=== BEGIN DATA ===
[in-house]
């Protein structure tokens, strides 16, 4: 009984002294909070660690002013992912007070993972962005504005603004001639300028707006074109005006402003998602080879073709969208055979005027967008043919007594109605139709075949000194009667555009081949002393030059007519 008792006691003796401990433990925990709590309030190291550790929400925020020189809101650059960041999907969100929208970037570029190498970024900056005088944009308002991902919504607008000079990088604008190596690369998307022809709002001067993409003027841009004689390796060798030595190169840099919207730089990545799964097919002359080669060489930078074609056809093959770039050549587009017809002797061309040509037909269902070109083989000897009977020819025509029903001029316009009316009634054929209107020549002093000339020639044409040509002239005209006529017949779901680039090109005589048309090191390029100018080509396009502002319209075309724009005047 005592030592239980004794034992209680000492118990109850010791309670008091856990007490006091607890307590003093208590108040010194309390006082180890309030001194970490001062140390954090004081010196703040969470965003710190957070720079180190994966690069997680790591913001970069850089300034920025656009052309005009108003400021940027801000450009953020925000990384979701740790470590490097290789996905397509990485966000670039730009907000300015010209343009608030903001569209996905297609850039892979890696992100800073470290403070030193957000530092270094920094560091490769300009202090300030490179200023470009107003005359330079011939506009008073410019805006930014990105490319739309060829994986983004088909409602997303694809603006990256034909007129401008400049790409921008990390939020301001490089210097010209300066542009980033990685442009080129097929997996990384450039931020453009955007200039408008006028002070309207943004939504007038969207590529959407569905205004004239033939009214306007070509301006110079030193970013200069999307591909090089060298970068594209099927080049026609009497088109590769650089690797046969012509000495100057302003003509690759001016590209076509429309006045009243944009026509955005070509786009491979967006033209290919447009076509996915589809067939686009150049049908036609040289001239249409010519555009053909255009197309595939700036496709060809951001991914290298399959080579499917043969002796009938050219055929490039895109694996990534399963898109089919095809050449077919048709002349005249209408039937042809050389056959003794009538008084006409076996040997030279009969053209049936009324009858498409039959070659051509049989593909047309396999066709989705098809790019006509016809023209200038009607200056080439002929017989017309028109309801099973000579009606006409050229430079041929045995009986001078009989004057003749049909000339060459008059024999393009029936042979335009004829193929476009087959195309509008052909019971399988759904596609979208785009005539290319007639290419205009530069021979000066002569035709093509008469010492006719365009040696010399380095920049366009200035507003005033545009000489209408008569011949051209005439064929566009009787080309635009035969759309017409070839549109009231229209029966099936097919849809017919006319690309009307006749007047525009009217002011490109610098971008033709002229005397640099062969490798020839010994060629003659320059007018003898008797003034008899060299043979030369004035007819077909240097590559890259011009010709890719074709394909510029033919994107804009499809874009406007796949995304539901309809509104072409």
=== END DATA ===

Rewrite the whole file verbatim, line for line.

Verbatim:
[in-house]
């Protein structure tokens, strides 16, 4: 009984002294909070660690002013992912007070993972962005504005603004001639300028707006074109005006402003998602080879073709969208055979005027967008043919007594109605139709075949000194009667555009081949002393030059007519 008792006691003796401990433990925990709590309030190291550790929400925020020189809101650059960041999907969100929208970037570029190498970024900056005088944009308002991902919504607008000079990088604008190596690369998307022809709002001067993409003027841009004689390796060798030595190169840099919207730089990545799964097919002359080669060489930078074609056809093959770039050549587009017809002797061309040509037909269902070109083989000897009977020819025509029903001029316009009316009634054929209107020549002093000339020639044409040509002239005209006529017949779901680039090109005589048309090191390029100018080509396009502002319209075309724009005047 005592030592239980004794034992209680000492118990109850010791309670008091856990007490006091607890307590003093208590108040010194309390006082180890309030001194970490001062140390954090004081010196703040969470965003710190957070720079180190994966690069997680790591913001970069850089300034920025656009052309005009108003400021940027801000450009953020925000990384979701740790470590490097290789996905397509990485966000670039730009907000300015010209343009608030903001569209996905297609850039892979890696992100800073470290403070030193957000530092270094920094560091490769300009202090300030490179200023470009107003005359330079011939506009008073410019805006930014990105490319739309060829994986983004088909409602997303694809603006990256034909007129401008400049790409921008990390939020301001490089210097010209300066542009980033990685442009080129097929997996990384450039931020453009955007200039408008006028002070309207943004939504007038969207590529959407569905205004004239033939009214306007070509301006110079030193970013200069999307591909090089060298970068594209099927080049026609009497088109590769650089690797046969012509000495100057302003003509690759001016590209076509429309006045009243944009026509955005070509786009491979967006033209290919447009076509996915589809067939686009150049049908036609040289001239249409010519555009053909255009197309595939700036496709060809951001991914290298399959080579499917043969002796009938050219055929490039895109694996990534399963898109089919095809050449077919048709002349005249209408039937042809050389056959003794009538008084006409076996040997030279009969053209049936009324009858498409039959070659051509049989593909047309396999066709989705098809790019006509016809023209200038009607200056080439002929017989017309028109309801099973000579009606006409050229430079041929045995009986001078009989004057003749049909000339060459008059024999393009029936042979335009004829193929476009087959195309509008052909019971399988759904596609979208785009005539290319007639290419205009530069021979000066002569035709093509008469010492006719365009040696010399380095920049366009200035507003005033545009000489209408008569011949051209005439064929566009009787080309635009035969759309017409070839549109009231229209029966099936097919849809017919006319690309009307006749007047525009009217002011490109610098971008033709002229005397640099062969490798020839010994060629003659320059007018003898008797003034008899060299043979030369004035007819077909240097590559890259011009010709890719074709394909510029033919994107804009499809874009406007796949995304539901309809509104072409």